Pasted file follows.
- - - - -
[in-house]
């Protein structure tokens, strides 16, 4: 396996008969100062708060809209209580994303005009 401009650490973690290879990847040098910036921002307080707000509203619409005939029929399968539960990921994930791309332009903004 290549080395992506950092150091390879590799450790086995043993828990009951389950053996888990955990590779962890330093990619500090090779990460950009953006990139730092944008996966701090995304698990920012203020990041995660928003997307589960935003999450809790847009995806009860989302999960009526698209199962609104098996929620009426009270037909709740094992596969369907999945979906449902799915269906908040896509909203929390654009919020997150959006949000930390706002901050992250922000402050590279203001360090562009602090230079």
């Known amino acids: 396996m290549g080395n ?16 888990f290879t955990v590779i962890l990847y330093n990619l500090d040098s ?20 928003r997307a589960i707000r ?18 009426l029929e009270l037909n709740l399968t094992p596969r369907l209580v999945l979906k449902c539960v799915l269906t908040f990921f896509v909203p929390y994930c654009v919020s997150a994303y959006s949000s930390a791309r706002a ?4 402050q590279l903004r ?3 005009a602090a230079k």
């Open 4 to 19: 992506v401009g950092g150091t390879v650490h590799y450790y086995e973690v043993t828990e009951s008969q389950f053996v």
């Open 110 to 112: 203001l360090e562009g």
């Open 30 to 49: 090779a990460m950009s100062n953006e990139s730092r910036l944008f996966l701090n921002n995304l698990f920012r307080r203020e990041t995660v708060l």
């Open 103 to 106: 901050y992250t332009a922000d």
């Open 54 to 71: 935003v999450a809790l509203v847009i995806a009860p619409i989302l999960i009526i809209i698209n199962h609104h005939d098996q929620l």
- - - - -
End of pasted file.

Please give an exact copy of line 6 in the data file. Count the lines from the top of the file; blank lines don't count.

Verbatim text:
């Open 30 to 49: 090779a990460m950009s100062n953006e990139s730092r910036l944008f996966l701090n921002n995304l698990f920012r307080r203020e990041t995660v708060l």